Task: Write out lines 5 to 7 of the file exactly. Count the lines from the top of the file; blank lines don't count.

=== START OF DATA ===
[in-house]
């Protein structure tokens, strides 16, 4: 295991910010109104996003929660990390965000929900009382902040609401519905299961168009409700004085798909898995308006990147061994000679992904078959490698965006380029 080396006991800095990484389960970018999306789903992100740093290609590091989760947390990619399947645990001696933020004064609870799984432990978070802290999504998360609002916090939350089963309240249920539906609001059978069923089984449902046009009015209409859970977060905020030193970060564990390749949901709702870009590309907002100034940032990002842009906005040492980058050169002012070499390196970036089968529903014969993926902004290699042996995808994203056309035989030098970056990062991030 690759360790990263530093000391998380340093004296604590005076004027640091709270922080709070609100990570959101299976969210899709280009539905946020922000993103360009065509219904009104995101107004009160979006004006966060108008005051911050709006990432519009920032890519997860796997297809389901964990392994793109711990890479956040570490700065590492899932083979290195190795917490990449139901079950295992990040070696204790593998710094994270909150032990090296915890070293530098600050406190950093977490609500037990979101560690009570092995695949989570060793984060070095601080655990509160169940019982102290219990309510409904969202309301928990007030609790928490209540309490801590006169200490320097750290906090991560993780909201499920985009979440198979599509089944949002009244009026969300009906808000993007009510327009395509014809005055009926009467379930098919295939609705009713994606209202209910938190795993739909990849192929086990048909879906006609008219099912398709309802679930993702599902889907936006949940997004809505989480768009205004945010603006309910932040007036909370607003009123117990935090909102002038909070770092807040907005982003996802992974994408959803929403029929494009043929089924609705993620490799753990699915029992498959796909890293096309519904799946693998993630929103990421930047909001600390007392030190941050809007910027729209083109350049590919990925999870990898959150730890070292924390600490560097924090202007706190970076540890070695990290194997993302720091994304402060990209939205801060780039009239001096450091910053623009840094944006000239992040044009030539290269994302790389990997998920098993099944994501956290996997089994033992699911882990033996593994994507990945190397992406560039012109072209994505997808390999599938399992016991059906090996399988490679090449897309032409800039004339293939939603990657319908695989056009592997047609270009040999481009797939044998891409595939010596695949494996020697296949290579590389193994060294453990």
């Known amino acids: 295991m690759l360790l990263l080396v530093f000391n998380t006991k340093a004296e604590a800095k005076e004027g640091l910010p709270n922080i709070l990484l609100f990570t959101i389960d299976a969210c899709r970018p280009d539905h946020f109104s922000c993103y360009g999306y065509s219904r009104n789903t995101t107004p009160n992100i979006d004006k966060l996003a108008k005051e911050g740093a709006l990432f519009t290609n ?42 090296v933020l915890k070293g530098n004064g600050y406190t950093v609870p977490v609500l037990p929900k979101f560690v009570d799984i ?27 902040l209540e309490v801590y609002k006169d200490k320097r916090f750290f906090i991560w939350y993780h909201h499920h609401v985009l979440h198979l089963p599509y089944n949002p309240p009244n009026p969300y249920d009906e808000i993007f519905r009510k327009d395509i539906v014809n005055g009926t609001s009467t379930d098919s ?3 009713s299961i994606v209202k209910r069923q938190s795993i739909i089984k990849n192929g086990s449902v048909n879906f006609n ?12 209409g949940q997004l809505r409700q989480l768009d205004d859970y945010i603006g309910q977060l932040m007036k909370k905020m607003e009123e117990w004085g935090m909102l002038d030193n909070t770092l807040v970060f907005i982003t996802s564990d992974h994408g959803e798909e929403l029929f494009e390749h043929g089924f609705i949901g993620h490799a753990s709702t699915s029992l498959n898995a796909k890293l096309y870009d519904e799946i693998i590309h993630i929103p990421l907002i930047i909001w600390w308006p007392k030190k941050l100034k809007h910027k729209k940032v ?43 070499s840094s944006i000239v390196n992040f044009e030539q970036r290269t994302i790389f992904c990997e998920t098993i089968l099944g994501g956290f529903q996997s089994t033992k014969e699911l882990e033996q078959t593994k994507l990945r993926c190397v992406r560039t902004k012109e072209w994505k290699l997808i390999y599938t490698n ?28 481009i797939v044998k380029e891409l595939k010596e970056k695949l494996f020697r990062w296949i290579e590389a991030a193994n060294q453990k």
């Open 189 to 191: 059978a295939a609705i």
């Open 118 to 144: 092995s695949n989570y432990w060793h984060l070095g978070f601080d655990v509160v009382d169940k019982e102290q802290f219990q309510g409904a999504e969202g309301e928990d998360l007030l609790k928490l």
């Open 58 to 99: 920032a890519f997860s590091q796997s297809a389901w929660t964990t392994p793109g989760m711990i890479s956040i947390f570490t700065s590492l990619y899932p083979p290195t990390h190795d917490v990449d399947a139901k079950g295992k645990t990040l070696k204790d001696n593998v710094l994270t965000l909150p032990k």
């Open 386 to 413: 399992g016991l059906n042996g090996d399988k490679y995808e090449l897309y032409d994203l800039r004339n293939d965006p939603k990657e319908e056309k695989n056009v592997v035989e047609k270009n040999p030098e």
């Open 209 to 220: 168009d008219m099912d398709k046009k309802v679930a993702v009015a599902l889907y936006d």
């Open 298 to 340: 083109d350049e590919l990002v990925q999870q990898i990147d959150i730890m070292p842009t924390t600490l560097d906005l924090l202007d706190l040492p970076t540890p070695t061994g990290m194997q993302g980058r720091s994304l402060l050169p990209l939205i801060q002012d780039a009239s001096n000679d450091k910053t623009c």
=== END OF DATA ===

């Open 118 to 144: 092995s695949n989570y432990w060793h984060l070095g978070f601080d655990v509160v009382d169940k019982e102290q802290f219990q309510g409904a999504e969202g309301e928990d998360l007030l609790k928490l």
């Open 58 to 99: 920032a890519f997860s590091q796997s297809a389901w929660t964990t392994p793109g989760m711990i890479s956040i947390f570490t700065s590492l990619y899932p083979p290195t990390h190795d917490v990449d399947a139901k079950g295992k645990t990040l070696k204790d001696n593998v710094l994270t965000l909150p032990k």
């Open 386 to 413: 399992g016991l059906n042996g090996d399988k490679y995808e090449l897309y032409d994203l800039r004339n293939d965006p939603k990657e319908e056309k695989n056009v592997v035989e047609k270009n040999p030098e």